Windows 7 is still very much alive in the enterprise, regardless if today is the last day Microsoft officially supports the legacy operating system. Announced in September 2019, Windows Virtual Desktop allows customers to run a fully managed VDI environment from Azure. The underlying technology is similar to Remote Desktop Service we have had in Windows Server since 2012 but the new Azure service abstracts all of the actual components which make it work. In other words you no longer have to manage RD Session Hosts etc with WVD.
Customers who have not yet managed to migrate away from Windows 7 are effectively exposed as new security updates will no longer be released for Windows 7 (unless you have a side agreement with Microsoft). However, when WVD was announced it was made clear that Windows 7 as an operating system would be supported in WVD deployments. In addition to this Microsoft are providing free Extended Security Updates (ESU) to customers running Windows 7 as part of their WVD deployment.
Although it is very straight forward to get a Windows Virtual Desktop deployment up and going a few steps are required if you would like you WVD Host Pools to spin out VM's running Windows 7. By default, it is only possible to create Host Pools with later operating systems such as Windows 10 Enterprise Multi-Session.
The process to make Windows 7 available to your WVD users is straight forward. You must create a customer "managed" image in Azure to be used as a reference template when creating a new WVD Host Pool.
The easiest way to do this is to deploy a new Windows 7 VM directly into Azure, install your apps and do any customisation, then convert it to an image. It is possible to do something similar if for whatever reason this won't work for you. The process would be to build a reference Windows 7 image on premise, probably on Hyper-V and run through the steps outlined in this guide https://docs.microsoft.com/en-us/azure/virtual-desktop/set-up-customize-master-image
Step 1: Create a new Windows 7 VM
This is very simple, use the poral to provision a new Virtual Machine, selecting Windows 7 Enterprise as the source Image.
Windows 7 Enterprise is not in the quick drop list of operating systems, if you search for it though you will find that there is a single image available.
Step 2: Install Apps and Make Customisations
Once the VM has deployed, login to it and install any applications, or make any customisations. It is worth noting that some applications need further configuration to make them user-ready at first launch, this would be addressed on a per-application basis.
Step 3: Run SysPrep to Generalise the VM
The SysPrep tool has been around in Windows since before WDS, I think it first appeared in Windows Server 2003 with the introduction of Remote Installation Service (RIS). Anyway it has not changed since, it is a tool used to generalise (strip any machine specific metadata away from a Windows installation) to aid Windows imaging. If you fail to SysPrep you VM images you will have nothing but boot problems and instability.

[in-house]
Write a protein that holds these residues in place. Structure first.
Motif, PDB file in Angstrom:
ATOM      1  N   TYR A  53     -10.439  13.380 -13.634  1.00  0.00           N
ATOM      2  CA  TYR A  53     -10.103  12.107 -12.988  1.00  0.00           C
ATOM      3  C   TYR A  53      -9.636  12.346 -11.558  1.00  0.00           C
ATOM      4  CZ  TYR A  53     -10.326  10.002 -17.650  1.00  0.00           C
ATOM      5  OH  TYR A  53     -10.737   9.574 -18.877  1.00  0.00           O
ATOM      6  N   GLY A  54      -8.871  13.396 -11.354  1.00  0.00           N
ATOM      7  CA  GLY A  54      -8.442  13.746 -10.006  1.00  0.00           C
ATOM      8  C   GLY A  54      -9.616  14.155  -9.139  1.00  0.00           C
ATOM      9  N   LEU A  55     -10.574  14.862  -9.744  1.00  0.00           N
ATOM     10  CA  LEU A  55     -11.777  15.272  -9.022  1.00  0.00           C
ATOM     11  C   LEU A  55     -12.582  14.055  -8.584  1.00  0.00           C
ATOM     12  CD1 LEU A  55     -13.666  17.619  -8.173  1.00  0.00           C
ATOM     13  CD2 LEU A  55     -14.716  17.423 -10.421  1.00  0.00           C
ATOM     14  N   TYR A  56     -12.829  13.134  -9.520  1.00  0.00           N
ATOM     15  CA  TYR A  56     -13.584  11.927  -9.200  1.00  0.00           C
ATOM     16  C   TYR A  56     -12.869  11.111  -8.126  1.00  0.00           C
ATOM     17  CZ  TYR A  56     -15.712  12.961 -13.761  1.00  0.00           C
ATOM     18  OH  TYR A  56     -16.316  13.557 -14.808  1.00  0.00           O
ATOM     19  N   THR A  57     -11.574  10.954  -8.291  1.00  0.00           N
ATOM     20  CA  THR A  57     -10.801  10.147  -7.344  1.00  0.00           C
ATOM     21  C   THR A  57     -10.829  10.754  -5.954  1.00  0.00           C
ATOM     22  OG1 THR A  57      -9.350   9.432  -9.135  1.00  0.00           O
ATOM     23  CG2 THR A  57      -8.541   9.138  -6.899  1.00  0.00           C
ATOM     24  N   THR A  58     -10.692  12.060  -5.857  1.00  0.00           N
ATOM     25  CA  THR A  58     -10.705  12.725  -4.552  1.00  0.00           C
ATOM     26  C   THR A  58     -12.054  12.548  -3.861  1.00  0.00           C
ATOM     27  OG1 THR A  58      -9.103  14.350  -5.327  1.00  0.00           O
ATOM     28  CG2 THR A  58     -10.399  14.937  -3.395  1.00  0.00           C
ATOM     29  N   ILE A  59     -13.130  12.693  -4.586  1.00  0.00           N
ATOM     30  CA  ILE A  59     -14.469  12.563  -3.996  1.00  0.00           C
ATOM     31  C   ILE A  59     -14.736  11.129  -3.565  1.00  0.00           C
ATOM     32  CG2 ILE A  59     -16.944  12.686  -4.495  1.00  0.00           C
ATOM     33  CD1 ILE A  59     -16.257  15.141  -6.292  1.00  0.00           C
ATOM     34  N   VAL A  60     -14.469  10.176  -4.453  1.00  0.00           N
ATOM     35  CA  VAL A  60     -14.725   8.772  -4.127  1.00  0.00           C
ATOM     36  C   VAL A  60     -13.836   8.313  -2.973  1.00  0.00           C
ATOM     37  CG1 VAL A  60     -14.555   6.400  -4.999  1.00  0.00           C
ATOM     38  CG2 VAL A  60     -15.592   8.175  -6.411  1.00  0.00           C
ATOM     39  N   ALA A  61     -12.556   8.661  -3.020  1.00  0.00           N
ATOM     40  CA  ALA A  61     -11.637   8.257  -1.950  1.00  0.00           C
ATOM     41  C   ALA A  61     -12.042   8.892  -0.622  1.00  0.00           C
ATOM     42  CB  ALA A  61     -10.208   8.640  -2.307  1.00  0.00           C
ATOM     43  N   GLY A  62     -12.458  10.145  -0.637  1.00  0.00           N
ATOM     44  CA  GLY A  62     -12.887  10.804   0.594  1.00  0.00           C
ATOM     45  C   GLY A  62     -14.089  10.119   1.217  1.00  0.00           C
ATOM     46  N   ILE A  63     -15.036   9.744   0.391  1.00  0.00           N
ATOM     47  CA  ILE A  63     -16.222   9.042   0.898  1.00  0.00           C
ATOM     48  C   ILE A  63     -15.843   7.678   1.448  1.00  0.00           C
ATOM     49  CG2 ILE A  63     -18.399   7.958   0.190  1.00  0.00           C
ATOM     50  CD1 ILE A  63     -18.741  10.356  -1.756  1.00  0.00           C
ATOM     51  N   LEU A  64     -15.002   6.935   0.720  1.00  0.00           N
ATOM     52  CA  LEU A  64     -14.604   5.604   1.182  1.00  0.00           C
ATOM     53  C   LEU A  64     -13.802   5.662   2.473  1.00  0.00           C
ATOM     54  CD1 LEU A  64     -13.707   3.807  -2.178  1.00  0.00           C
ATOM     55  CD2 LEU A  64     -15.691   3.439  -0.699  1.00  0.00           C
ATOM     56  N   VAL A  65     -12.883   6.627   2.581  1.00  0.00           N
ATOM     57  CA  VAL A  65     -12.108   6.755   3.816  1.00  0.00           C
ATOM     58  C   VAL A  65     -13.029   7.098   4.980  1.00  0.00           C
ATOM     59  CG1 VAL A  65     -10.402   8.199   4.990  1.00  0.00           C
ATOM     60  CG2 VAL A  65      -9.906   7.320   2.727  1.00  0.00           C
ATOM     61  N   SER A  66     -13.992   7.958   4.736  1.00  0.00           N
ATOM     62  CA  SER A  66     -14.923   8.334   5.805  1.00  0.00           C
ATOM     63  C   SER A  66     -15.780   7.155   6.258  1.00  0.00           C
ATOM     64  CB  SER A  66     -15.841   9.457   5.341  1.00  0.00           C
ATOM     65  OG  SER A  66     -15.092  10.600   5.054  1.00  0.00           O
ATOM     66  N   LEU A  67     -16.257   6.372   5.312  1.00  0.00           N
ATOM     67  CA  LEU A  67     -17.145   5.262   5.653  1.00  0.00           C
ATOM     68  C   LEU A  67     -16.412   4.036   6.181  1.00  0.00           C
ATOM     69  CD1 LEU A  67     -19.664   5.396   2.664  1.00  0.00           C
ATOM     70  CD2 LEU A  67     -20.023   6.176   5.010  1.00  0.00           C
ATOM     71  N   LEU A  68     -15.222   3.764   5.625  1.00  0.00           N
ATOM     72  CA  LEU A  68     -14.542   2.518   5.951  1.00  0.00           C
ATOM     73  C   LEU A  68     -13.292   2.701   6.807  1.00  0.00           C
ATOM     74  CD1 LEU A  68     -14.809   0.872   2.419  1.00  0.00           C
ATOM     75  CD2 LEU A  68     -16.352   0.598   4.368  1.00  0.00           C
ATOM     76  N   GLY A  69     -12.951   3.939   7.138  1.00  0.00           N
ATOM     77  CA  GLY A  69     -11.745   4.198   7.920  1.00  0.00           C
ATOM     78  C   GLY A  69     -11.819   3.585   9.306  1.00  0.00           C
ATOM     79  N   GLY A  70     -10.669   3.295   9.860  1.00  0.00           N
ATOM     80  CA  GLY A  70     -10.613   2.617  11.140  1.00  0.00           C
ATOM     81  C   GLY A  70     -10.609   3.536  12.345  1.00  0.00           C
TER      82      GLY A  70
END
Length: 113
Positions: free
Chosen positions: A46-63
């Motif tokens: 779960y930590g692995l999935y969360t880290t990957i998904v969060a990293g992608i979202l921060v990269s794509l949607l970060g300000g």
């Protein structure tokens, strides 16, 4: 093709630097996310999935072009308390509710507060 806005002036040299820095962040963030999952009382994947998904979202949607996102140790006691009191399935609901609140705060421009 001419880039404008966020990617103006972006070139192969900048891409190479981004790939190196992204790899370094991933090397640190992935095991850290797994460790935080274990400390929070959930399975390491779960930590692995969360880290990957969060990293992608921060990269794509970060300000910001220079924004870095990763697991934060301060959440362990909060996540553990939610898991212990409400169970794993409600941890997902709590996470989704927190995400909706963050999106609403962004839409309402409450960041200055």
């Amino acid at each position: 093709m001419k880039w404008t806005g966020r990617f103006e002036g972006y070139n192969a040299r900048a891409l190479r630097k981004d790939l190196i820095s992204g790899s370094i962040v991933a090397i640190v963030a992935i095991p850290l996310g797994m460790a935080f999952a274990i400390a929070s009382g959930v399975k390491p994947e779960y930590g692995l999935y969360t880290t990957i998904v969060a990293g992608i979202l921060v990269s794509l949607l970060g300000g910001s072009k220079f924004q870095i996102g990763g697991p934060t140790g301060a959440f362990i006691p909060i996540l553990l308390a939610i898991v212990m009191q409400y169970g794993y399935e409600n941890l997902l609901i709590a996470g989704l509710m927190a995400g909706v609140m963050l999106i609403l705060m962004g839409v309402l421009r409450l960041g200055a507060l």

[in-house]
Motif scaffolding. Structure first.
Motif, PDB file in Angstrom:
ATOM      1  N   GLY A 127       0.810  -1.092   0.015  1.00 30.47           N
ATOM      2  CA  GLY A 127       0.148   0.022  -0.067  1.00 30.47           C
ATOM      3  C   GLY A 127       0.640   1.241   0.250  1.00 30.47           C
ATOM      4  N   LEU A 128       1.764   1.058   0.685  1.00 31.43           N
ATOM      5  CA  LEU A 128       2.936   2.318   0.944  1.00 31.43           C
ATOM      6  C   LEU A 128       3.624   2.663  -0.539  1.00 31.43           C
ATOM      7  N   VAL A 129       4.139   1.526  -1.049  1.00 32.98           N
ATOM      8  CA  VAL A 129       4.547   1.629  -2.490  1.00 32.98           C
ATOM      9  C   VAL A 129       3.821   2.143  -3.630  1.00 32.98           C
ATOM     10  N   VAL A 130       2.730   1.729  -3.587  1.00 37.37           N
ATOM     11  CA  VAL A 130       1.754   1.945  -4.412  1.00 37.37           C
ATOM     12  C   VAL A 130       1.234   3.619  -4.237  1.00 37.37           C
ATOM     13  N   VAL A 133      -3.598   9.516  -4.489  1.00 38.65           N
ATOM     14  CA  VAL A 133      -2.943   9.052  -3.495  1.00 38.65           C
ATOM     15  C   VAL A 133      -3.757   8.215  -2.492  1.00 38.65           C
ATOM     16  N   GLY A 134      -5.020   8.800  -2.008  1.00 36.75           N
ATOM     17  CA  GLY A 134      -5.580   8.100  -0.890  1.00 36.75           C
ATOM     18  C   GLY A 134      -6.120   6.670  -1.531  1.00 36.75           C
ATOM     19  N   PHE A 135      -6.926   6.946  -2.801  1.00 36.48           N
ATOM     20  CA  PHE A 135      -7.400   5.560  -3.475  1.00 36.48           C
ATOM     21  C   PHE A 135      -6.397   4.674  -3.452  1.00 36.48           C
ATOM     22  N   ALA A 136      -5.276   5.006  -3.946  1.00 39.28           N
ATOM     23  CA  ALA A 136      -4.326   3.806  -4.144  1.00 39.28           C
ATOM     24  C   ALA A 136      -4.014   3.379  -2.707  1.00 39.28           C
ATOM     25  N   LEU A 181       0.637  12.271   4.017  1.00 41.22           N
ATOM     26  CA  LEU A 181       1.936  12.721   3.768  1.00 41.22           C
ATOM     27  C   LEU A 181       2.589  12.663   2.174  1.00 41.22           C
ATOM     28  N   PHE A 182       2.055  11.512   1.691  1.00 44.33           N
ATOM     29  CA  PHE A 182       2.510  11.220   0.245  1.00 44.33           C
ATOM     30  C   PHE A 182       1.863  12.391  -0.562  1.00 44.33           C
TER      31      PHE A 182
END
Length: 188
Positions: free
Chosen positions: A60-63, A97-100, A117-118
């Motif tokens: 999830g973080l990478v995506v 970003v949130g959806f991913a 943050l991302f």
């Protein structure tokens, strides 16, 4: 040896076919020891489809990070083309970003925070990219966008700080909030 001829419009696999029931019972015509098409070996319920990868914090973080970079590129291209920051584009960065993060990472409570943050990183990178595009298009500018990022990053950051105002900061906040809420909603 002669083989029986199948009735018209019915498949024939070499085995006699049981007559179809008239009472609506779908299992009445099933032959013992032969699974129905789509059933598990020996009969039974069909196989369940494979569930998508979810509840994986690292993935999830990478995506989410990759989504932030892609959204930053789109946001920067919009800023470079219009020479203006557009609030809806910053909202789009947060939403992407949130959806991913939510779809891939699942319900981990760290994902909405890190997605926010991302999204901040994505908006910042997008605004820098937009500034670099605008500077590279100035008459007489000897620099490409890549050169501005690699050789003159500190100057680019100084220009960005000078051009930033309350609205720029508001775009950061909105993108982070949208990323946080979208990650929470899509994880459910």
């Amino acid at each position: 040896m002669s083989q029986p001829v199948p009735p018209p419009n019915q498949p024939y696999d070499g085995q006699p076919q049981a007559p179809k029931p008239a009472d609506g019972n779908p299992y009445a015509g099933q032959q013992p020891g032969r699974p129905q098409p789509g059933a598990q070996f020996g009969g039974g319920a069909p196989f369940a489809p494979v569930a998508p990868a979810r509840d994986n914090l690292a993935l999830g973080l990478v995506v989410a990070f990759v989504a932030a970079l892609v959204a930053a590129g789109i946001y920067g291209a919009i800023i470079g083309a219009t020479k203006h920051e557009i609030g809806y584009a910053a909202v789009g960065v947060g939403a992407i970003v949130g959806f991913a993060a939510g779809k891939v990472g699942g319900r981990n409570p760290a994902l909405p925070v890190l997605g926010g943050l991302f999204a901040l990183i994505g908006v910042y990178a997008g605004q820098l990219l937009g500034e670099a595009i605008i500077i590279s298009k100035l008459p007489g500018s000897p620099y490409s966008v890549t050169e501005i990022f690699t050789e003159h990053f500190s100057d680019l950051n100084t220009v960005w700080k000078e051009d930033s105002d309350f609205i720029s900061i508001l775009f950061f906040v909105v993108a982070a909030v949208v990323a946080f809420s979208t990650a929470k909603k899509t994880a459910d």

Open an elevated Command Prompt and cd C:\Windows\System32\sysprep
Select the options shown below Enter System Out-of-Box Experience (OOBE) and ensure Generalize is ticked. You also want to ensure the VM is powered off after this process has completed, if not it will boot and begin detecting all the hardware and run the OOBE process.
The SysPrep process should complete in a few minutes and leave you with a clean, generalised VM ready to be converted into an image.
Once the process has completed you will see the VM has entered the Stopped (Deallocated) state from the Azure Portal.
Step 4: Convert Windows 7 Image to Azure Image
Once we have the template ready click into the Virtual Machine from the Portal and click the Capture button. This will begin the process of converting the VM to an Azure Managed Image.
The wizard will walk you through creating a new image, ensure that you give it a descriptive name. The name of the Azure Managed Image will be required when creating your WVD Host Pool along with it's Resource Group. You will notice the option to delete the VM once the template has been created, in this example I have chosen to select this option. However, in production you might want the template in place so that you can do some online servicing of the image as time goes on.
Once the process completes you will have a new image available from the Portal. You can view all images if you search for Images in the global search bar.
Step 5: Create Windows Virtual Desktop Host Pool from Windows 7 Managed Image
The next step is to create WVD Host Pool, this can be done by searching for WVD in the poral and selecting Create.
You must have a number of infrastructure components in place before you can deploy a WVD Host Pool. This includes a WVD tenant, AD DS domain, AAD tenant with M365 licenses with all the associated networking. When you create a WVD Host Pool the creation must be able to join your WVD Session Hosts to an Active Directory domain.
From the wizard I have labelled the Host Pool "win7-personal" and selected the type as Personal. This outlines that users will maintain a 1:1 mapping with a dedicated Azure VM running Windows 7, which is created from this template. It is also possible to create Pool WVD Host Pools but there is limited value in doing this with Windows 7. By default, Windows 7 can only support 2 concurrent login sessions. This has been true of all desktop operating systems from Microsoft until the release of Windows 10 Enterprise Multi-Session, with is designed to allow pooled desktops to be created from a Windows 10 image.
On the Virtual Machine Settings tab, instead of taking the default of selecting a Gallery image, click on Managed Image. This will then present two new fields for the Azure Managed Image name, along with the Resource Group that the image is in.